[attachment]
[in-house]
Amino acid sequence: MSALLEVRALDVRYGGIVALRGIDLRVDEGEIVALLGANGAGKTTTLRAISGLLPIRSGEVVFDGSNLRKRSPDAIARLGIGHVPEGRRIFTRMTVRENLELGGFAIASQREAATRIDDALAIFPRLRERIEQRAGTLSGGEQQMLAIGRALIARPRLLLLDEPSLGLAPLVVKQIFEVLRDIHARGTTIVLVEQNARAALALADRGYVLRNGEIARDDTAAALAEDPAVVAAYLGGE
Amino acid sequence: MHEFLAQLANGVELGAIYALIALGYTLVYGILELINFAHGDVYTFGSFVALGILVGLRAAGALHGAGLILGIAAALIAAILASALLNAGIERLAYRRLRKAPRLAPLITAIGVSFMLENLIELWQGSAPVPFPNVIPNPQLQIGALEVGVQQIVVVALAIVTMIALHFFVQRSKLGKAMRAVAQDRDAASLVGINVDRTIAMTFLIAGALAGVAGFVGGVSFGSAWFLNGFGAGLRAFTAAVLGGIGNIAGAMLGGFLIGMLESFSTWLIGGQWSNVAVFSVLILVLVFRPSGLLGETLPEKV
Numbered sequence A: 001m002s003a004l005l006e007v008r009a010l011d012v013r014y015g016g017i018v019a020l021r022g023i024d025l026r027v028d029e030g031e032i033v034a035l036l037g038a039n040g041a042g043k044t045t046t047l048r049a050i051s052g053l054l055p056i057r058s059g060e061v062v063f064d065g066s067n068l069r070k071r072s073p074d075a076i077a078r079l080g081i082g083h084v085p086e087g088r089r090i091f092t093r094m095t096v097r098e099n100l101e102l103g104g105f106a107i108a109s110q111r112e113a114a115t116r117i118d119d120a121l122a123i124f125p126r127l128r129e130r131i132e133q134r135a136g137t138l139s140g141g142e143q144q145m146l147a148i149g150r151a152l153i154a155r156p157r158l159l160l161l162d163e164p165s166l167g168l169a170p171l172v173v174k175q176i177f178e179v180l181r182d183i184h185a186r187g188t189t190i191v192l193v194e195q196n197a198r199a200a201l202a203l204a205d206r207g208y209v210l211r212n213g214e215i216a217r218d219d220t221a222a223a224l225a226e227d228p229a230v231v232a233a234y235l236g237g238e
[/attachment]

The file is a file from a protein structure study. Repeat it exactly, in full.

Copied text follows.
[in-house]
Amino acid sequence: MSALLEVRALDVRYGGIVALRGIDLRVDEGEIVALLGANGAGKTTTLRAISGLLPIRSGEVVFDGSNLRKRSPDAIARLGIGHVPEGRRIFTRMTVRENLELGGFAIASQREAATRIDDALAIFPRLRERIEQRAGTLSGGEQQMLAIGRALIARPRLLLLDEPSLGLAPLVVKQIFEVLRDIHARGTTIVLVEQNARAALALADRGYVLRNGEIARDDTAAALAEDPAVVAAYLGGE
Amino acid sequence: MHEFLAQLANGVELGAIYALIALGYTLVYGILELINFAHGDVYTFGSFVALGILVGLRAAGALHGAGLILGIAAALIAAILASALLNAGIERLAYRRLRKAPRLAPLITAIGVSFMLENLIELWQGSAPVPFPNVIPNPQLQIGALEVGVQQIVVVALAIVTMIALHFFVQRSKLGKAMRAVAQDRDAASLVGINVDRTIAMTFLIAGALAGVAGFVGGVSFGSAWFLNGFGAGLRAFTAAVLGGIGNIAGAMLGGFLIGMLESFSTWLIGGQWSNVAVFSVLILVLVFRPSGLLGETLPEKV
Numbered sequence A: 001m002s003a004l005l006e007v008r009a010l011d012v013r014y015g016g017i018v019a020l021r022g023i024d025l026r027v028d029e030g031e032i033v034a035l036l037g038a039n040g041a042g043k044t045t046t047l048r049a050i051s052g053l054l055p056i057r058s059g060e061v062v063f064d065g066s067n068l069r070k071r072s073p074d075a076i077a078r079l080g081i082g083h084v085p086e087g088r089r090i091f092t093r094m095t096v097r098e099n100l101e102l103g104g105f106a107i108a109s110q111r112e113a114a115t116r117i118d119d120a121l122a123i124f125p126r127l128r129e130r131i132e133q134r135a136g137t138l139s140g141g142e143q144q145m146l147a148i149g150r151a152l153i154a155r156p157r158l159l160l161l162d163e164p165s166l167g168l169a170p171l172v173v174k175q176i177f178e179v180l181r182d183i184h185a186r187g188t189t190i191v192l193v194e195q196n197a198r199a200a201l202a203l204a205d206r207g208y209v210l211r212n213g214e215i216a217r218d219d220t221a222a223a224l225a226e227d228p229a230v231v232a233a234y235l236g237g238e